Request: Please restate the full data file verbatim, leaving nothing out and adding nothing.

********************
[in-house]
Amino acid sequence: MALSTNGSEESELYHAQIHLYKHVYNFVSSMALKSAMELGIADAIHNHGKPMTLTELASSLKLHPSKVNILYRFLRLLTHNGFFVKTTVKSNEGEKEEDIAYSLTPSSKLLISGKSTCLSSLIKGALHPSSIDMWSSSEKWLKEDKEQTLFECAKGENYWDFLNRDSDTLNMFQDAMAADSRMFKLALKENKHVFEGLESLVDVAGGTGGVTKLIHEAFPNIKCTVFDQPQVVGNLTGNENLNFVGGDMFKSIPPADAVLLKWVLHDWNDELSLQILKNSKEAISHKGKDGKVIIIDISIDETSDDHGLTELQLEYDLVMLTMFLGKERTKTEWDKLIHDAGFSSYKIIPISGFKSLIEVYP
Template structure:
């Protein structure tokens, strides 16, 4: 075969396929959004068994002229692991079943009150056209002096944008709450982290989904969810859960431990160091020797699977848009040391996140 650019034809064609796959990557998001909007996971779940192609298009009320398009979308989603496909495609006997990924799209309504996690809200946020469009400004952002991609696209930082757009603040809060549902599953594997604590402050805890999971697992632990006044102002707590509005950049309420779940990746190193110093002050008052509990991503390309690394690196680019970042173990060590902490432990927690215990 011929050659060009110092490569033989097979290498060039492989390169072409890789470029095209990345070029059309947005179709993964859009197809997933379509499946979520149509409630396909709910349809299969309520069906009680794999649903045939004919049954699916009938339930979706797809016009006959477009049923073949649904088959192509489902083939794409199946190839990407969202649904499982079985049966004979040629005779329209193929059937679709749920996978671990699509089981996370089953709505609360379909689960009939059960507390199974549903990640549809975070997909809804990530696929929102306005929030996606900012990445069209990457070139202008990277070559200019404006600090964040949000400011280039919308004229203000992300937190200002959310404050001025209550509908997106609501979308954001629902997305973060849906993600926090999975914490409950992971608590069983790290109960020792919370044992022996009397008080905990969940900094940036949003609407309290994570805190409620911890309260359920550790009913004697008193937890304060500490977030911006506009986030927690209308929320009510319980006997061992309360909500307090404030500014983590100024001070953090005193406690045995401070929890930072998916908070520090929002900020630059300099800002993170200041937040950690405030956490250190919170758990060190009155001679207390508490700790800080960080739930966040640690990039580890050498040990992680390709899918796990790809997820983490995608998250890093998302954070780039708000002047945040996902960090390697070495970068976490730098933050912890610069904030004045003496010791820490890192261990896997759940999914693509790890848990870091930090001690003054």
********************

[in-house]
Amino acid sequence: MALSTNGSEESELYHAQIHLYKHVYNFVSSMALKSAMELGIADAIHNHGKPMTLTELASSLKLHPSKVNILYRFLRLLTHNGFFVKTTVKSNEGEKEEDIAYSLTPSSKLLISGKSTCLSSLIKGALHPSSIDMWSSSEKWLKEDKEQTLFECAKGENYWDFLNRDSDTLNMFQDAMAADSRMFKLALKENKHVFEGLESLVDVAGGTGGVTKLIHEAFPNIKCTVFDQPQVVGNLTGNENLNFVGGDMFKSIPPADAVLLKWVLHDWNDELSLQILKNSKEAISHKGKDGKVIIIDISIDETSDDHGLTELQLEYDLVMLTMFLGKERTKTEWDKLIHDAGFSSYKIIPISGFKSLIEVYP
Template structure:
């Protein structure tokens, strides 16, 4: 075969396929959004068994002229692991079943009150056209002096944008709450982290989904969810859960431990160091020797699977848009040391996140 650019034809064609796959990557998001909007996971779940192609298009009320398009979308989603496909495609006997990924799209309504996690809200946020469009400004952002991609696209930082757009603040809060549902599953594997604590402050805890999971697992632990006044102002707590509005950049309420779940990746190193110093002050008052509990991503390309690394690196680019970042173990060590902490432990927690215990 011929050659060009110092490569033989097979290498060039492989390169072409890789470029095209990345070029059309947005179709993964859009197809997933379509499946979520149509409630396909709910349809299969309520069906009680794999649903045939004919049954699916009938339930979706797809016009006959477009049923073949649904088959192509489902083939794409199946190839990407969202649904499982079985049966004979040629005779329209193929059937679709749920996978671990699509089981996370089953709505609360379909689960009939059960507390199974549903990640549809975070997909809804990530696929929102306005929030996606900012990445069209990457070139202008990277070559200019404006600090964040949000400011280039919308004229203000992300937190200002959310404050001025209550509908997106609501979308954001629902997305973060849906993600926090999975914490409950992971608590069983790290109960020792919370044992022996009397008080905990969940900094940036949003609407309290994570805190409620911890309260359920550790009913004697008193937890304060500490977030911006506009986030927690209308929320009510319980006997061992309360909500307090404030500014983590100024001070953090005193406690045995401070929890930072998916908070520090929002900020630059300099800002993170200041937040950690405030956490250190919170758990060190009155001679207390508490700790800080960080739930966040640690990039580890050498040990992680390709899918796990790809997820983490995608998250890093998302954070780039708000002047945040996902960090390697070495970068976490730098933050912890610069904030004045003496010791820490890192261990896997759940999914693509790890848990870091930090001690003054």